The Alarm back in the UK singles charts? Then anyone can do it...
"Ageing post-punk band The Alarm have scored a top 30 UK chart hit - with a stunt disguising themselves as an unknown younger group."
So runs an article on BBC News. My first thoughts were "Brilliant - respect to them", but, excuse the pun, the alarm bells started to ring when I read these two lines from the report:
"the band, from north Wales, are at number 28 after selling more than 4,000 copies of 1970s-style punk single 45RPM."
"[Mike] Peters said they worked largely 'underground', often avoiding the music business and using the internet to reach their loyal following"
So I thought I would follow the link on the BBC News story to The Alarm's website to check out this use of the internet to reach their loyal following. Now the BBC article says:
Singer Mike Peters said it was done to prove how much image affected sales.
"We decided we would do something where it was judged purely on its own musical value," Peters, 44, told BBC News Online.
He said The Alarm, most famous for their 1983 hit 68 Guns, were not always taken seriously by DJs because of their age and an image perceived to be outdated.
"The Alarm as an entity have been going for 20-odd years and history can go against you - we wanted to break the barrier down."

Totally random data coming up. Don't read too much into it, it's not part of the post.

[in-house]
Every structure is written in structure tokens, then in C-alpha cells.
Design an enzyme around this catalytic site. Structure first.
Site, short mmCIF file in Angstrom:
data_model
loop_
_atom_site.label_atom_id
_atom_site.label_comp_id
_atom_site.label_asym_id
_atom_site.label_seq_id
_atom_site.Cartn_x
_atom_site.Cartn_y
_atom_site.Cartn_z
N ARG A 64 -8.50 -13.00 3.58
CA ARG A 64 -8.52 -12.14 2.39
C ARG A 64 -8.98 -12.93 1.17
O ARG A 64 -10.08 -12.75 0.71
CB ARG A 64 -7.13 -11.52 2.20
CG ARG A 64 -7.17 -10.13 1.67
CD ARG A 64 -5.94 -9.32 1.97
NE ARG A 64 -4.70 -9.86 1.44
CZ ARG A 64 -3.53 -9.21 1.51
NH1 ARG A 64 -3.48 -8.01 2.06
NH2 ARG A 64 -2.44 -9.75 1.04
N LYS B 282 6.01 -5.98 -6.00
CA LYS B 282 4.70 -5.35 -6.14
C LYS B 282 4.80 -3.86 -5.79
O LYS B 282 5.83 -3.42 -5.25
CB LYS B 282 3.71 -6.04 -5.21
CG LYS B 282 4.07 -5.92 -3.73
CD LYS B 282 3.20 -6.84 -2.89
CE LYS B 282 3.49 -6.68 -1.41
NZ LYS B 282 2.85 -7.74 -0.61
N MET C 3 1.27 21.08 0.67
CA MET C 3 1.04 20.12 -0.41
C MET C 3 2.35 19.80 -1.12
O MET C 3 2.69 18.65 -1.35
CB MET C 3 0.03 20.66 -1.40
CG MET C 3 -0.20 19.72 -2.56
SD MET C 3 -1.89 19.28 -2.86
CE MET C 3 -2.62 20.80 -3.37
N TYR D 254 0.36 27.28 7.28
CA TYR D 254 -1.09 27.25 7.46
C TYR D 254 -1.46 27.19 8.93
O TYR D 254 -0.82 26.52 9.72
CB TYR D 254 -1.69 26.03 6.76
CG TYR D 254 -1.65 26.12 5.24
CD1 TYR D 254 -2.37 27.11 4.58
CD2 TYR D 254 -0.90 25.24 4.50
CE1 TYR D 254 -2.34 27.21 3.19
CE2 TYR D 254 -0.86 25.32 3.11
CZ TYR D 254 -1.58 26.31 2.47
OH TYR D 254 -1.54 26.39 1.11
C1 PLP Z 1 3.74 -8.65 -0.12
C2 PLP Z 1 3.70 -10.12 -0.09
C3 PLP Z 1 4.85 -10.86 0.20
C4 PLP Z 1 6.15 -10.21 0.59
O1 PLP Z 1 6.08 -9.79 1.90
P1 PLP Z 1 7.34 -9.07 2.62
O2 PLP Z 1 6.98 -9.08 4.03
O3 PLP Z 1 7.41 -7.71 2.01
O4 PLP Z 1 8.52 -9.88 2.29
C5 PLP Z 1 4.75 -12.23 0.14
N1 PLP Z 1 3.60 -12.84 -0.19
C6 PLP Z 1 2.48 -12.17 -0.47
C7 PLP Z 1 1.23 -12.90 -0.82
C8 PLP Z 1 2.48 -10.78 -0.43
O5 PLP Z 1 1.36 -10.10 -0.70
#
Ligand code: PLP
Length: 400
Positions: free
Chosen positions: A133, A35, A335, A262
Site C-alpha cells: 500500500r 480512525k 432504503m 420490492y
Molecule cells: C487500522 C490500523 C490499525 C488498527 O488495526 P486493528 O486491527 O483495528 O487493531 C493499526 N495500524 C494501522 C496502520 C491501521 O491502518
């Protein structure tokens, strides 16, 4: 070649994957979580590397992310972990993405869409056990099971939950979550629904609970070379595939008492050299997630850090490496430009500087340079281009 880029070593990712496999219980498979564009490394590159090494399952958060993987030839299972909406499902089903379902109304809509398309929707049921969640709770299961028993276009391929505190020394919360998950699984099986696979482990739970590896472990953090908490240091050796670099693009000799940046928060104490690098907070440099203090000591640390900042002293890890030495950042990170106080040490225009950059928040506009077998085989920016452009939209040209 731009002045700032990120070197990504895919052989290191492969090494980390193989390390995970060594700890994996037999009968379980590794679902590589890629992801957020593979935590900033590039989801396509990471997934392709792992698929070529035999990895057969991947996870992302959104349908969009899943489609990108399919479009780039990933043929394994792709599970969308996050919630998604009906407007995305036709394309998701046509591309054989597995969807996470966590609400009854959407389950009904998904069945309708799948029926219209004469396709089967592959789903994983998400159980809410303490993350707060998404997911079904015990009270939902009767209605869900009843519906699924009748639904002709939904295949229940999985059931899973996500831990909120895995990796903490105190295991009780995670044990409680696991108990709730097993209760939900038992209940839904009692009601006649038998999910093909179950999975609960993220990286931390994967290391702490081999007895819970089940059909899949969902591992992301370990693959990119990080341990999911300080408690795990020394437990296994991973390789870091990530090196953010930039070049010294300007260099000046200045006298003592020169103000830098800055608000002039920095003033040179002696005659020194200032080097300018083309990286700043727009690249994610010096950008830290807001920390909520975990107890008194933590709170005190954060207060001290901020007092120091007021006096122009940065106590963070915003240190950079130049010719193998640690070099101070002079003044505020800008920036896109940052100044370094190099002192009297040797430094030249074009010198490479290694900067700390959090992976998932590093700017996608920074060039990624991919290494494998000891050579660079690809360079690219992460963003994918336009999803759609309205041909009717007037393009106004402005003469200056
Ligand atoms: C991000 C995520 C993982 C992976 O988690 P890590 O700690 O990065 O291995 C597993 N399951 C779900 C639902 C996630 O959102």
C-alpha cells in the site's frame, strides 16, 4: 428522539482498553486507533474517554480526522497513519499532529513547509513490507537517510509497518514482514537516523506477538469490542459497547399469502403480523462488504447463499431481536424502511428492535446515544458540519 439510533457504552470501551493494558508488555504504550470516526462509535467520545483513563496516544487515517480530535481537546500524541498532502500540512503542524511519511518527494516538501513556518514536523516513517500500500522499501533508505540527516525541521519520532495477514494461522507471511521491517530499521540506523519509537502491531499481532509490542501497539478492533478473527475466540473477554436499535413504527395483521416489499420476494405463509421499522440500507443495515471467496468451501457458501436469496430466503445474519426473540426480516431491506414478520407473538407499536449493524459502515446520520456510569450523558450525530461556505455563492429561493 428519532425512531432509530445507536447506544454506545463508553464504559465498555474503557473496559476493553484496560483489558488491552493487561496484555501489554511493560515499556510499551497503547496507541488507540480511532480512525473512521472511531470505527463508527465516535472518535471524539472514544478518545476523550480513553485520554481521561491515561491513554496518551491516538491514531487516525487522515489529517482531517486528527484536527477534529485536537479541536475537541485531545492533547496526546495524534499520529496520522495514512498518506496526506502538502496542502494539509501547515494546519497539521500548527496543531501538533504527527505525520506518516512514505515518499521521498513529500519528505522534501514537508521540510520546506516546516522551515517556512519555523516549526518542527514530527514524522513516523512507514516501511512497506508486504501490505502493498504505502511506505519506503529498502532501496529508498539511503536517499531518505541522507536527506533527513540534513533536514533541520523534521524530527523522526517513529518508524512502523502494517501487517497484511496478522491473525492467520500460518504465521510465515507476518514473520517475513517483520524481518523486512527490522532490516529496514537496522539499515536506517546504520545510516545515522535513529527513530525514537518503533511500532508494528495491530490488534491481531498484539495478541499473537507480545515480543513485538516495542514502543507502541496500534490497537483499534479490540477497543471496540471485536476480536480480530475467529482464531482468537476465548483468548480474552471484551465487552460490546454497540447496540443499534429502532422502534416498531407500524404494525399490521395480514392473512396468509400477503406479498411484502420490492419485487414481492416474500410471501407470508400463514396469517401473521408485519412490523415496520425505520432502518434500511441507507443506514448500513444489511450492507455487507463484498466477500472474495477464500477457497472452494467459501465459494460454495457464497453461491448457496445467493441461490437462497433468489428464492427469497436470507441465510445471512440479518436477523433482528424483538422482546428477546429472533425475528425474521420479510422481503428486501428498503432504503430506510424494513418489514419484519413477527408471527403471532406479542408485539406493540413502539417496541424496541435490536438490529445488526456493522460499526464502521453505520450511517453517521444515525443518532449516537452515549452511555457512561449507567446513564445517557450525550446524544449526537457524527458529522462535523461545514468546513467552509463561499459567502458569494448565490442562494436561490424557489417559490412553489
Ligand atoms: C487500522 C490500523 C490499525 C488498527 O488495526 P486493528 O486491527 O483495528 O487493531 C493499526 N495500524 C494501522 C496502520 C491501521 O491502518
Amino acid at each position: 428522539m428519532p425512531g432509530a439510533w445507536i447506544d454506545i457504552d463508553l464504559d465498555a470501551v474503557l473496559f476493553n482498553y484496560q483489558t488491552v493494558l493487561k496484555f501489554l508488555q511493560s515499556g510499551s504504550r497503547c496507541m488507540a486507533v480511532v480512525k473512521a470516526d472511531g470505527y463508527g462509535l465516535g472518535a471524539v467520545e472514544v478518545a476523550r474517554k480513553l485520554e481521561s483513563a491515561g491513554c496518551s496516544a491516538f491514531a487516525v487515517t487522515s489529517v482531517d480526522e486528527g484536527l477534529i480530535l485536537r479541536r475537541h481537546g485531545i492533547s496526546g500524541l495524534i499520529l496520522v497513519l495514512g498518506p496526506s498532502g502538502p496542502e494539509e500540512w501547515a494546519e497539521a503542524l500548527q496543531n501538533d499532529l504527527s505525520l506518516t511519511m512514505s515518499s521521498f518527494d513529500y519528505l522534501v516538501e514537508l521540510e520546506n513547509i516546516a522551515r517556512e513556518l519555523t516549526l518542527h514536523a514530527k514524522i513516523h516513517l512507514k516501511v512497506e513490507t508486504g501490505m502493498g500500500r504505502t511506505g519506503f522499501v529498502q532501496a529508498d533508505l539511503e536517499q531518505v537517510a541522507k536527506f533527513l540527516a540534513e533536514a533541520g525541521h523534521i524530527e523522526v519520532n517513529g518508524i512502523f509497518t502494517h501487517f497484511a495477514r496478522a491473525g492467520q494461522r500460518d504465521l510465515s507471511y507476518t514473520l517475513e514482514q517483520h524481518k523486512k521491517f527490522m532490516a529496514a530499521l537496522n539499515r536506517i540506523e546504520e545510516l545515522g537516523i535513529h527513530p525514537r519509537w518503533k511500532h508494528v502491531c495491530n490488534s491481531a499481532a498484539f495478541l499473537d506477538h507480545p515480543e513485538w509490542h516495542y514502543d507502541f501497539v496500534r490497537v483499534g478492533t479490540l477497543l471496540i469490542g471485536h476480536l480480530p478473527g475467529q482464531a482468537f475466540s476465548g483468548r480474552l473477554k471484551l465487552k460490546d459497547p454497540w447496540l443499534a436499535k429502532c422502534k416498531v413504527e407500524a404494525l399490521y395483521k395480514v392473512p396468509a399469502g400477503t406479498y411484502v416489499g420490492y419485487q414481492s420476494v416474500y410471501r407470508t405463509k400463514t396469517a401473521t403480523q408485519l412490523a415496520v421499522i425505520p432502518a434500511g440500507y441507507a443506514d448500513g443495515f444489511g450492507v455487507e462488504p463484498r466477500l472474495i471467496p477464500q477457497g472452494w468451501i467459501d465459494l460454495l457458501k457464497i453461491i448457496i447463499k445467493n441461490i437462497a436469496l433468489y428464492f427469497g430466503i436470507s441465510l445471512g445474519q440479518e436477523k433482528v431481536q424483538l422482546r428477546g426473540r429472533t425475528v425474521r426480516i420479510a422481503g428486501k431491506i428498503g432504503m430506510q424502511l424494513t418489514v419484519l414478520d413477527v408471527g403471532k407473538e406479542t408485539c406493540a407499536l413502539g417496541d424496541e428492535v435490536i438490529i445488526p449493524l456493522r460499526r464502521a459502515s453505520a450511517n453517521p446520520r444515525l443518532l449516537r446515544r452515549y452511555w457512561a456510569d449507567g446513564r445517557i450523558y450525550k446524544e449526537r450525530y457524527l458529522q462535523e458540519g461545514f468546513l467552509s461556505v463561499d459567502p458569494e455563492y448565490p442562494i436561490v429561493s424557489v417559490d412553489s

"We wanted the song to be judged on its merits and stir up the water a little bit, break the mould."
Call me a spoilsport but this seems in marked contrast to this news story posted on The Alarm's official website on February 17th, which looks to be recycling a newsprint story but has a quote from an official spokesman:
Steve Fulton, a spokesman for Peters, said, "The idea was that due to the amount of people in our fanbase, we have a serious chance of a chart position if all fans purchase the three formats of the single.
We have been humbled by the response so far and the incredible amount of pre-orders that have been made all over the country and from around the world.
Now we have our fingers crossed we can score a hit."
They do appear to have proved something about the UK singles chart at the moment. Not, though, as they claim that the chart is biased against unfashionable bands or overly-slanted towards image, and that if only you can get around that singles will be judged on their "musical value". Instead they have shown that if you can convince around 1,500 people to all order the same single in three different versions to be shipped from the UK in one day you can now get a top 30 hit.
Watch this space for the currybetdotnet campaign to get my debut single into the top 75...